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Penthouse Owner Delays Playboy Bid, Says Offer Is ‘Forthcoming’

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FriendFinder Chief Executive Officer Marc Bell
FriendFinder Networks Inc. CEO Marc Bell. Photographer: Robert Caplin/Bloomberg

July 14 (Bloomberg) -- FriendFinder Networks Inc., the owner of Penthouse magazine, delayed its bid for Playboy Enterprises Inc. a second time since Playboy founder Hugh Hefner’s $123 million offer to take the company private.

An “offer is forthcoming,” FriendFinder Chief Executive Officer Marc Bell said yesterday in an interview. He declined to say when his closely held company will bid for Playboy, after originally saying an offer might come July 12 and later pushing that back to yesterday.

FriendFinder’s bid is taking longer than Bell expected because his “lawyers are taking their time,” he said.

Hefner, with partner Rizvi Traverse Management LLC, plans to offer $5.50 apiece for Playboy’s Class A and Class B shares, Playboy disclosed July 12. The offer, which exceeds either class’s July 9 closing price by more than 30 percent, values Chicago-based Playboy at about $185 million.

The 84-year-old founder of Playboy already owns 69.5 percent of the Class A voting stock and 27.7 percent of the Class B non-voting stock. In a posting on Twitter, Hefner responded to the potential competing bid from FriendFinder.

“Penthouse really isn’t in the picture,” Hefner said. “I’m buying, not selling.”

Lawsuit Filed

In response to Hefner’s bid, other Playboy shareholders filed a complaint in Delaware Chancery Court in Wilmington, Delaware.

“The going-private Plan is the product of a flawed process designed to sell PEI to Hefner and Rizvi Traverse on terms detrimental” to stockholders of Playboy, Carmella P. Keener, the lawyer representing shareholders, said in the complaint.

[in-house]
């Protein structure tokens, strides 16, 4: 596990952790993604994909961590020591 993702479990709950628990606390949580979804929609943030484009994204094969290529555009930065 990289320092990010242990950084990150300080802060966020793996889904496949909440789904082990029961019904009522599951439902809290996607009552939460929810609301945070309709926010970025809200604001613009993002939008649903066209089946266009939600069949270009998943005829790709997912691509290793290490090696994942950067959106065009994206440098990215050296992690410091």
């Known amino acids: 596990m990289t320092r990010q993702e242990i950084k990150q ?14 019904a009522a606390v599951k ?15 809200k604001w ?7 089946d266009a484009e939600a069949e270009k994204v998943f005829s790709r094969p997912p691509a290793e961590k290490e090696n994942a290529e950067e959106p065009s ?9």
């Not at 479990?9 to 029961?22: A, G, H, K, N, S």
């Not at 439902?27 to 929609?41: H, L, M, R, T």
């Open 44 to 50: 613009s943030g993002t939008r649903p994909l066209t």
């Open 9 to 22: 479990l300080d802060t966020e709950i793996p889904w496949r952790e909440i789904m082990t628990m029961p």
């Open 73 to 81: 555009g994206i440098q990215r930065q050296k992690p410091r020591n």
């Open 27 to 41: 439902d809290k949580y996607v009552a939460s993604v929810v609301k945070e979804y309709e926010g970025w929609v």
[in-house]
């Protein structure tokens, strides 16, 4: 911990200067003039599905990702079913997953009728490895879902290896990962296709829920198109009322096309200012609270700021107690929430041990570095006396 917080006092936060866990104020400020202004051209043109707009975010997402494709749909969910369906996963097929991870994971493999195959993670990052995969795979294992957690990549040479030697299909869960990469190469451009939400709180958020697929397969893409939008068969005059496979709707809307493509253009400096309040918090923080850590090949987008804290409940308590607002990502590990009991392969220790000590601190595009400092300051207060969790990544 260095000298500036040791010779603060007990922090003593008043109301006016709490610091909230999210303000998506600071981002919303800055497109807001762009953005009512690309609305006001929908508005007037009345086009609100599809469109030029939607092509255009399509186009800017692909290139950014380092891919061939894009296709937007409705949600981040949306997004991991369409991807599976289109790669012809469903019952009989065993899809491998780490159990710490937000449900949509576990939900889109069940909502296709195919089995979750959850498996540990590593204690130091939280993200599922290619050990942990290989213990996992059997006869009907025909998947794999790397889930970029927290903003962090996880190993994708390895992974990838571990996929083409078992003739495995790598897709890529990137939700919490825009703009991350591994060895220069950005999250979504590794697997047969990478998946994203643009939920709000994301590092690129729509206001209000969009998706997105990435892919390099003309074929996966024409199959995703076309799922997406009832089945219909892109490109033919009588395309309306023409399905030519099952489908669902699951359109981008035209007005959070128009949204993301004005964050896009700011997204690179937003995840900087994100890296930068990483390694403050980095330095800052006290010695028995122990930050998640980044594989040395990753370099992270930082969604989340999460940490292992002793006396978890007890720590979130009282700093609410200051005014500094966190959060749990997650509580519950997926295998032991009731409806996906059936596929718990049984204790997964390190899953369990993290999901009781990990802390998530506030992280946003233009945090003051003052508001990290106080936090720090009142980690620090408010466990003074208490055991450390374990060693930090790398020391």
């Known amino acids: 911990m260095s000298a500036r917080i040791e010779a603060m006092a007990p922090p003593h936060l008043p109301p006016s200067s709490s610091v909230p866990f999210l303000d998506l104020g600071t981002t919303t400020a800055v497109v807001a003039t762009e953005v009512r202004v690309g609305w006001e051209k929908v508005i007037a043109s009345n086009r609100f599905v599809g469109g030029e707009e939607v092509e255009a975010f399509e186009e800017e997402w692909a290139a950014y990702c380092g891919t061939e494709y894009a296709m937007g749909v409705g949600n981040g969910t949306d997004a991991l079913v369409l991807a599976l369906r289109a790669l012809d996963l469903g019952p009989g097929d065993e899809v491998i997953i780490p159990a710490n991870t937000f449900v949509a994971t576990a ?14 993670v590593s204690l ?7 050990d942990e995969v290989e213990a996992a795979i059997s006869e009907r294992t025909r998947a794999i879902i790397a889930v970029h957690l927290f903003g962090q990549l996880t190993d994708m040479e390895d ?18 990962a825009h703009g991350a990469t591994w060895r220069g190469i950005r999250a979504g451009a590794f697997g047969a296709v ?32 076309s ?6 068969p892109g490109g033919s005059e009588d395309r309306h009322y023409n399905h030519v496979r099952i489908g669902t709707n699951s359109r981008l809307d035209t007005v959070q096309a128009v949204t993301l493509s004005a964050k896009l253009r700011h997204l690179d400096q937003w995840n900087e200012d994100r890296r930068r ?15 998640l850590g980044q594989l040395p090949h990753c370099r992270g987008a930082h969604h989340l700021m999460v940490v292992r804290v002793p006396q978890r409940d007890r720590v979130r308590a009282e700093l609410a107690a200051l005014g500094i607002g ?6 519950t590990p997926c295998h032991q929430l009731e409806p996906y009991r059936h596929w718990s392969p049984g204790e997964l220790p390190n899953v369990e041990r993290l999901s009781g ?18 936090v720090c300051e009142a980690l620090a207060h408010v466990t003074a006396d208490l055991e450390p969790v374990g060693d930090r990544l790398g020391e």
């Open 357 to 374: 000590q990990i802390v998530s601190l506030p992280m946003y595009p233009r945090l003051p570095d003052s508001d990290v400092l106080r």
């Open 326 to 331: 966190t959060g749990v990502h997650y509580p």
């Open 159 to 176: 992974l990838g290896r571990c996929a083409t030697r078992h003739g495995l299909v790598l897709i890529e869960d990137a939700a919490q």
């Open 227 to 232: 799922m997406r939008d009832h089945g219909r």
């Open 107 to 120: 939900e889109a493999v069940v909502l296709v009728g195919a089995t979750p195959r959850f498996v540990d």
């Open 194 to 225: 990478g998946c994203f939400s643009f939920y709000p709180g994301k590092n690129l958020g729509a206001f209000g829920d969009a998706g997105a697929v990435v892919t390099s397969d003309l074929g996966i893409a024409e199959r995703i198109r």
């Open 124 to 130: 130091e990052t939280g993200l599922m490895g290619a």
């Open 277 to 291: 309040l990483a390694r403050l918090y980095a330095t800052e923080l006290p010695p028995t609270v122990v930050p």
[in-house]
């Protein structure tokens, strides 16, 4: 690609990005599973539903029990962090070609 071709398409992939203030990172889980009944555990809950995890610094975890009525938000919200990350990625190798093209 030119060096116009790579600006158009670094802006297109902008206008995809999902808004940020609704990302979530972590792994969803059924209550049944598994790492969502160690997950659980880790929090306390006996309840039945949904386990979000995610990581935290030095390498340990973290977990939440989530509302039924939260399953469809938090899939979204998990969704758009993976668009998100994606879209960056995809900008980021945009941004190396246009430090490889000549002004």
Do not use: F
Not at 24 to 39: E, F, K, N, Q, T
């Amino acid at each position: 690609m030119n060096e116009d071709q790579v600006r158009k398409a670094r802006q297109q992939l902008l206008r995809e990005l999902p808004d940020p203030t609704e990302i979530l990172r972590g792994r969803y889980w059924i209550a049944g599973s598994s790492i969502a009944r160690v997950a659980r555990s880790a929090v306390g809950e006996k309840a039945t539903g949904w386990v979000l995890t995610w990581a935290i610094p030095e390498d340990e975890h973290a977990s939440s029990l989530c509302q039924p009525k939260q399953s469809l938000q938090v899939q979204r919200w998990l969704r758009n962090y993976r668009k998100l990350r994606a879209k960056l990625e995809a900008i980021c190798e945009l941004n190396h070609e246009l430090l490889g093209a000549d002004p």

FriendFinder, based in Boca Raton, Florida, operates adult-themed websites such as AdultFriendFinder.com and Cams.com. The company this year postponed an initial public offering that was planned to raise as much as $240 million, according to a U.S. Securities & Exchange Commission regulatory filing. The company was selling a 49 percent stake and said it would use the proceeds to pay down debt.

The company lost money in 2006, 2007, 2008 and for the first nine months of 2009, according to the SEC filings. It had $409.5 million in long-term debt as of Sept. 30, 2009, the most recent figures available because the offering was delayed.

Bell said that about half of FriendFinder’s debt is held by insiders and the company would have no problem financing a purchase of Playboy.

“Financing is not an issue for us,” Bell said. “There’s no debt issue.”

Playboy Class B shares fell 18 cents to $5.37 yesterday on the New York Stock Exchange, following a 41 percent jump on July 12. The Class A shares declined 12 cents to $5.42 yesterday and gained 36 percent on July 12.

To contact the reporter on this story: Brett Pulley in New York at bpulley@bloomberg.net

To contact the editor responsible for this story: Peter Elstrom at pelstrom@bloomberg.net

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